“There’s lots of reasons why it can become difficult as you age. Firstly, diabetes makes you more prone to all the other health conditions like heart attacks, strokes, peripheral vascular neuronal loss, all those things. Diabetes also makes you more likely to get dementia and probably makes you more likely to get depressed. And, of course, the risk of type 2 diabetes increases dramatically in older people.”

There’s also the simple matter of not being able to follow the sort of exercise regime that might have worked for you in your youth. But there are some general rules of thumb, Leon says, about finding a workable level of activity in old age.

“As you get older, physical activity becomes even more important. The problem is that you may not be able to do that physical activity. There are lots of physical activity programmes around, but people who are frail probably should attend specific sessions run by exercise physiologists or physiotherapists. Everybody can do some sort of exercise, but the ratio is about how you can do that safely.”

Getting help Leon recommends the ICOPE (Integrated Care for Older People) framework created by the World Health Organisation as an ideal basis to supporting healthy ageing. The framework’s guidelines are designed to support health professionals in assessing older people’s health and meeting their needs.

These guidelines are based on the best available evidence on what works to prevent, slow or reverse declines in the physical and mental capacities of older people.

With that in mind, if someone is starting to find it more difficult to manage a chronic condition such as diabetes, how would Leon recommend they seek help?

“Well, normally your GP is your first point of call, as often there are services that the GP can organise. I think the important thing is you need to get good advice when you start getting health conditions. Sometimes people think there’s nothing that can be done and normally there’s lots that can be done. The non-pharmacological strategies are really, really important.”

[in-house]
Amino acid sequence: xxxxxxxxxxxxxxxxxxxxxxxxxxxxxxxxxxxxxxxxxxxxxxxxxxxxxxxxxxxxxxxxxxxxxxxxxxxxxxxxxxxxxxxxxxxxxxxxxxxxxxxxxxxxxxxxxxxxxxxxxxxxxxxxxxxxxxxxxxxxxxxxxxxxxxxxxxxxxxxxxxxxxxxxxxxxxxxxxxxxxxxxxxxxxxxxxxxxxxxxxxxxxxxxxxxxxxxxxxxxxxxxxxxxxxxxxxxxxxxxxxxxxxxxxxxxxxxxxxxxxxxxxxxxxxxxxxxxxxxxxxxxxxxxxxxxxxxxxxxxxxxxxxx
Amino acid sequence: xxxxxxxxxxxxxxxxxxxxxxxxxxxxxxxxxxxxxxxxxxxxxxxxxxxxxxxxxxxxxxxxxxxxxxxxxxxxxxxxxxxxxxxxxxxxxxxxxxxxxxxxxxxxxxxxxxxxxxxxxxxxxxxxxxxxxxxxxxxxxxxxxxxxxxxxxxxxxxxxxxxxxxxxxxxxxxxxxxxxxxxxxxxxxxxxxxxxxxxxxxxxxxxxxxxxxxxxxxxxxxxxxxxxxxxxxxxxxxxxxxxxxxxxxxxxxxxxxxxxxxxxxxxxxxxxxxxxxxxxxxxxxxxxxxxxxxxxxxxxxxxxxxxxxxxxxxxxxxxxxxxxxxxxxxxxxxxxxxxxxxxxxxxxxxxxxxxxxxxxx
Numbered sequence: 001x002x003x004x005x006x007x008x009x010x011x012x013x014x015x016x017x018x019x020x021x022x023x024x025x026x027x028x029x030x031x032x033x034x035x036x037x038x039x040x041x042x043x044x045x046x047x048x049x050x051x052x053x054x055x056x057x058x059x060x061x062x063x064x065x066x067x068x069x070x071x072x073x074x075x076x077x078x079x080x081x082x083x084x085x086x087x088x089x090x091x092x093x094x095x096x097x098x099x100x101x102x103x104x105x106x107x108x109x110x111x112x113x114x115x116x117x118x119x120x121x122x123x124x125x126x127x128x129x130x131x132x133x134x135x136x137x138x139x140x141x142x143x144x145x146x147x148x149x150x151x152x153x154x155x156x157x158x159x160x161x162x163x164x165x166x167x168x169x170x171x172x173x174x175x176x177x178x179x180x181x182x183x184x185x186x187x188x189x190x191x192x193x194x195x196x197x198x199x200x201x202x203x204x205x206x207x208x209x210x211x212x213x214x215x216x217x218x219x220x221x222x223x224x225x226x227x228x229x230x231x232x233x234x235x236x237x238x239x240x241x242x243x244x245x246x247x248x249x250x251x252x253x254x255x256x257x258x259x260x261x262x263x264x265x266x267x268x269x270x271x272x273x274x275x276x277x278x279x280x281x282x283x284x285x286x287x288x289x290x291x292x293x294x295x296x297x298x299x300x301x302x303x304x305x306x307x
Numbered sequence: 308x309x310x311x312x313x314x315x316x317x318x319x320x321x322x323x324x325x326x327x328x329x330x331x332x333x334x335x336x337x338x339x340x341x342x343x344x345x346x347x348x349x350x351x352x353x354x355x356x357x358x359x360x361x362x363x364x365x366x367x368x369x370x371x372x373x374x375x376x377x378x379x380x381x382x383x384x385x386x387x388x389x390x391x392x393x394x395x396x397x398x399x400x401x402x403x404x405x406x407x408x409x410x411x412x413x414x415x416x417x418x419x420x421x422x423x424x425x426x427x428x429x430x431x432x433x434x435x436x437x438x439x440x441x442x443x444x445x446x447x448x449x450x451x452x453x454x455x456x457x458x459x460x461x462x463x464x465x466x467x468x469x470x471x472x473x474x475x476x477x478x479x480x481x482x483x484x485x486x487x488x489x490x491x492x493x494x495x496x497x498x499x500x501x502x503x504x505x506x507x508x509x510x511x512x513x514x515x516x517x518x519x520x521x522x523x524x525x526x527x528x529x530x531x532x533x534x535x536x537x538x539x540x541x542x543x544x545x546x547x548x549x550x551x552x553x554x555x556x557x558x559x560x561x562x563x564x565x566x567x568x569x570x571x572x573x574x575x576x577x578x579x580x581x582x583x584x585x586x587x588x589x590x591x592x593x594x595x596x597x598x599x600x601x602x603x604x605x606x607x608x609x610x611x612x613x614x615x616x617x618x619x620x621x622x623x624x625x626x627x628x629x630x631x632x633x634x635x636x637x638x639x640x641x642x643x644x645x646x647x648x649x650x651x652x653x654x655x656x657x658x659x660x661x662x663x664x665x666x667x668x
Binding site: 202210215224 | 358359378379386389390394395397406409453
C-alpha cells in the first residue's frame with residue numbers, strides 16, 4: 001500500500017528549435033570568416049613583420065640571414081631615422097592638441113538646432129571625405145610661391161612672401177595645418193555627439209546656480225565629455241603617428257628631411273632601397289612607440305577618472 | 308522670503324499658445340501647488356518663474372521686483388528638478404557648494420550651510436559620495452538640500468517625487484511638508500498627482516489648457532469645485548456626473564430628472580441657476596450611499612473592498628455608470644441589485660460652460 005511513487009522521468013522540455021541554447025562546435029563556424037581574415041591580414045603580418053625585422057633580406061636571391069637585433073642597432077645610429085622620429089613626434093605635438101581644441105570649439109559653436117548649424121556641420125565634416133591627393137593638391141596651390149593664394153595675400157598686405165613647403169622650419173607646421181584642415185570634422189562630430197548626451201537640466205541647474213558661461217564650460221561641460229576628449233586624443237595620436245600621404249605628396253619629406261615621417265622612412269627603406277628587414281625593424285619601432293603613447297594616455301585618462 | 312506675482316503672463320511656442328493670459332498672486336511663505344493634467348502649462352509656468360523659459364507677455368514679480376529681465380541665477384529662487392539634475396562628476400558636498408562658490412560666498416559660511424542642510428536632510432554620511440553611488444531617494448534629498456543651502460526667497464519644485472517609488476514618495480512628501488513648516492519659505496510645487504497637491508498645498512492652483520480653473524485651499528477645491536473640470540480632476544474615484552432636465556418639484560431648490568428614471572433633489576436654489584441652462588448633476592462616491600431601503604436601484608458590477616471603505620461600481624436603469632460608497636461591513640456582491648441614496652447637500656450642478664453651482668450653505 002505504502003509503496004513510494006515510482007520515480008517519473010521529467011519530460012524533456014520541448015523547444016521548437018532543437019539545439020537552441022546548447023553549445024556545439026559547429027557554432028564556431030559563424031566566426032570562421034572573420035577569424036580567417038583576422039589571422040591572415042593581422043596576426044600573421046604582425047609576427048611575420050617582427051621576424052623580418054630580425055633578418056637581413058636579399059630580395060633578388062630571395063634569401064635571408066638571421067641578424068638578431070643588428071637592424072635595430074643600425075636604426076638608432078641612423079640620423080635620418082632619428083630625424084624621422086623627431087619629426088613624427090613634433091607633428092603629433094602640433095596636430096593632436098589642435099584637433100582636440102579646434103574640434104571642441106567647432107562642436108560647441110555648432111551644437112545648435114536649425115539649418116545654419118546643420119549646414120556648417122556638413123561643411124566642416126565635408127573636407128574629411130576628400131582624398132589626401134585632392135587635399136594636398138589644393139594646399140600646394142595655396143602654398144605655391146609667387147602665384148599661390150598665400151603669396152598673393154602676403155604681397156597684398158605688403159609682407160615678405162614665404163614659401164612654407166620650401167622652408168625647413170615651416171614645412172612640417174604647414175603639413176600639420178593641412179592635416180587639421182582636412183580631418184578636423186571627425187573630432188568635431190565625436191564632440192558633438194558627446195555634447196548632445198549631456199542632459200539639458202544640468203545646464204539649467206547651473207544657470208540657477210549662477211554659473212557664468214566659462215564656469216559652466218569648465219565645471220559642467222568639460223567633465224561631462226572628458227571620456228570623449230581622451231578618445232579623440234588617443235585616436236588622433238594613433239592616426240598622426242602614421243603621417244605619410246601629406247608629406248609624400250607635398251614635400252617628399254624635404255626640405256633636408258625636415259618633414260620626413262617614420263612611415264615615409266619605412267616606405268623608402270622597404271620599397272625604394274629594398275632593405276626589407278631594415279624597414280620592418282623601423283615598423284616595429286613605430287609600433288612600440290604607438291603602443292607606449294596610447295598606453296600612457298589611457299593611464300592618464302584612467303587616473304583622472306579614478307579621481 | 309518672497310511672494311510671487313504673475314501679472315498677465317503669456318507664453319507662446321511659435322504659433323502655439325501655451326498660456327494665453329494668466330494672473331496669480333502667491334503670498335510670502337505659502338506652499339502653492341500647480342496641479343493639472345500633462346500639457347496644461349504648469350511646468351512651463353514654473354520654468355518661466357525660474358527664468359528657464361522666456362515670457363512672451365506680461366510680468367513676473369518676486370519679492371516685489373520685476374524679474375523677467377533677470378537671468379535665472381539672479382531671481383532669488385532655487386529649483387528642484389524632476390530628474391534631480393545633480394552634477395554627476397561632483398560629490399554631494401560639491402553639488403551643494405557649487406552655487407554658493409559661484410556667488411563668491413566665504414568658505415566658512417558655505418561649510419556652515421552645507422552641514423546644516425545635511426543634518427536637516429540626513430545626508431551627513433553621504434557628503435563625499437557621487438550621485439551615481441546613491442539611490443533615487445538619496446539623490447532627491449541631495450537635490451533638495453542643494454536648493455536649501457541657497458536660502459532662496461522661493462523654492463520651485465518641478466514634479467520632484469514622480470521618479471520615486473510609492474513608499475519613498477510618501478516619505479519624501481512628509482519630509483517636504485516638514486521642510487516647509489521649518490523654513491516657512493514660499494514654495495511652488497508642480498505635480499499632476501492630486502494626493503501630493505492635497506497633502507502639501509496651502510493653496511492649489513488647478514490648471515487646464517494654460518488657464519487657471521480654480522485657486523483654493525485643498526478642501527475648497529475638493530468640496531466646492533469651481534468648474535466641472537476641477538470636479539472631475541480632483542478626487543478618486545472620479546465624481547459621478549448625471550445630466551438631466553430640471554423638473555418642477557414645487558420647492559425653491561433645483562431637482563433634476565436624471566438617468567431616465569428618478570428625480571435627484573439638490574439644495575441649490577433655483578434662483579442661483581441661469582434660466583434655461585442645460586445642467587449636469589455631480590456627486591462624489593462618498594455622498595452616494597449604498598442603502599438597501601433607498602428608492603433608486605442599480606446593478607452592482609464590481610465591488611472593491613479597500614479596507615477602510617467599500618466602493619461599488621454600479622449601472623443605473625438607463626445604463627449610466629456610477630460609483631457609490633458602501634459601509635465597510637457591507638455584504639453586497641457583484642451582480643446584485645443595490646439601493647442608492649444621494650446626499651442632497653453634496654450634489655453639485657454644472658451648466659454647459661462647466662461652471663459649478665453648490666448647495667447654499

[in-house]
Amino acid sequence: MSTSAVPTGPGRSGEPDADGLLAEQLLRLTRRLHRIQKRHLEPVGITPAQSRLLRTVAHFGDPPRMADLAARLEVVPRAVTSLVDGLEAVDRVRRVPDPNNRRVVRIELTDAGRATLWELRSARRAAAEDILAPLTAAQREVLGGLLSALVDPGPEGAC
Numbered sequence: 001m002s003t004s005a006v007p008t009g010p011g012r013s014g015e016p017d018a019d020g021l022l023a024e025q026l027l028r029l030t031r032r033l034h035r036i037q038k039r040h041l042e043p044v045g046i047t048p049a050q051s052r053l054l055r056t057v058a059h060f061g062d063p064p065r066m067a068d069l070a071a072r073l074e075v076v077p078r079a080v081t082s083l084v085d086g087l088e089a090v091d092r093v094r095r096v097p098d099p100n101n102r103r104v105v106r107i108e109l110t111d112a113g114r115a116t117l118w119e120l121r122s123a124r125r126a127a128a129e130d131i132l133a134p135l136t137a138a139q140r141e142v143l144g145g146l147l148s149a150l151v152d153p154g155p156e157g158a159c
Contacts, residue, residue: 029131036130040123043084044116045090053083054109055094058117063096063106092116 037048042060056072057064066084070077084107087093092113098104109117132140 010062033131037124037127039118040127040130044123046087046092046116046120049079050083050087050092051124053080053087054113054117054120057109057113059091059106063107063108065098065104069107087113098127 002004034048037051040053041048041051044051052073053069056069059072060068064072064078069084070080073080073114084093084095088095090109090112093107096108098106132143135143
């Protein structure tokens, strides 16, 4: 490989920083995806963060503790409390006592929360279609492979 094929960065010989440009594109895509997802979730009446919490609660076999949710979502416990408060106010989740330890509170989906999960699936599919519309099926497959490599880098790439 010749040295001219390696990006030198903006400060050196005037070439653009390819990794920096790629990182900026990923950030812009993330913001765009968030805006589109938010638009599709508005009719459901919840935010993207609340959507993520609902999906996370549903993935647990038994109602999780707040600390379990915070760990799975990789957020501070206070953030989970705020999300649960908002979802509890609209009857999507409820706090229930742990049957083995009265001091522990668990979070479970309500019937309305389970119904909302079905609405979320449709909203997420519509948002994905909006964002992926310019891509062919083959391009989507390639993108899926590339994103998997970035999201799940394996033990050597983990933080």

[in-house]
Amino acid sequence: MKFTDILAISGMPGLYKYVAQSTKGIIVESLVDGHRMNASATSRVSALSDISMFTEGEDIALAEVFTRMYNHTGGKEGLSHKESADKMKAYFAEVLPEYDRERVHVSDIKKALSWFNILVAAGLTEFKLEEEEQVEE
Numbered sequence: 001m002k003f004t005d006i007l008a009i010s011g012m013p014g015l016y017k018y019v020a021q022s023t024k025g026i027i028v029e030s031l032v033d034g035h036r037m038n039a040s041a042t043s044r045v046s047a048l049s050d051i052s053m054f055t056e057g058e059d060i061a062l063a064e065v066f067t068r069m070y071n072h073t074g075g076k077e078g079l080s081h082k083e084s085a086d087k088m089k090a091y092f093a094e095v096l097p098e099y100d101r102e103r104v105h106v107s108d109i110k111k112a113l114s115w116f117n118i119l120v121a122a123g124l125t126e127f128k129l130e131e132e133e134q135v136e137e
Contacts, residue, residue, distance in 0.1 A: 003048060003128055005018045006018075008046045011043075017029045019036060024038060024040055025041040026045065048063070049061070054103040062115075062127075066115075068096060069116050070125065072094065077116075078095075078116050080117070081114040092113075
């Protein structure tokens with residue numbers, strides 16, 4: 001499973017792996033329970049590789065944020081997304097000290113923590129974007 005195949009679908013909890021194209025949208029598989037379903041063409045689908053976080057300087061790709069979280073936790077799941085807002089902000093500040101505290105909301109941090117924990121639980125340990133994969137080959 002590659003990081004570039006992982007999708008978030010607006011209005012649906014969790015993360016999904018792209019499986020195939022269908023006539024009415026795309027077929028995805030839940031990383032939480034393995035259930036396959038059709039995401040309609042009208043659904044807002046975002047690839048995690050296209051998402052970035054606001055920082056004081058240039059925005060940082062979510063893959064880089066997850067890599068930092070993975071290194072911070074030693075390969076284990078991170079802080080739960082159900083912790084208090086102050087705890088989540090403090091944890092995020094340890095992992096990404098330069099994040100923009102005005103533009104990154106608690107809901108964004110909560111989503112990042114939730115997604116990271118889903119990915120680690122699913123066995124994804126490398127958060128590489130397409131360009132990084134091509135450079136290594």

Non-pharmacological strategies include physical activity as well as things like staying involved with your local community and maintaining crucial social contact. But it’s important that people don’t feel that they are individually responsible for tackling the causes of chronic conditions such as diabetes.

“I think it’s important to take a holistic approach,” Leon says. “You can’t talk about healthy or successful ageing without talking about medical care, but there’s also the rest of the society and environment, which is really important as well.”

If we want to start ageing more healthily as a society, we need to rethink our approaches on a range of different issues.

“We could all try to make sure that food doesn’t contain additives that make that food almost addictive. We need to encourage physical activity by making cities more walker friendly and safer for older people. We need to make sure that the pavements are safe to walk on. We need to have well-lit streets that people can walk at night at night and not feel like they’re going to be attacked. They all sound like such little things, but cumulatively they’re important.”

A good life

On Jennie’s part, she would like to see a little more awareness of the difficulties in managing type 1 diabetes into older age.

“For people in my age bracket, being judged for developing complications feels like a slap in the face. If you’ve come through all the hassles that everybody goes through in life plus managing your diabetes and everything else at the same time, you’ve done bloody well!” At the same time, she’s keen for younger people with type 1 to know that their choices now do make a big difference later on.

“You can live a good life with type 1 diabetes. It has its ups and downs, but you’ve got to live a normal life while managing your diabetes which can be hard to do. But there are things out there to help you as you get older. I’ve joined a walking group, which is great, because it just keeps that momentum of exercise going. Things like that, in your local community, can be very positive.”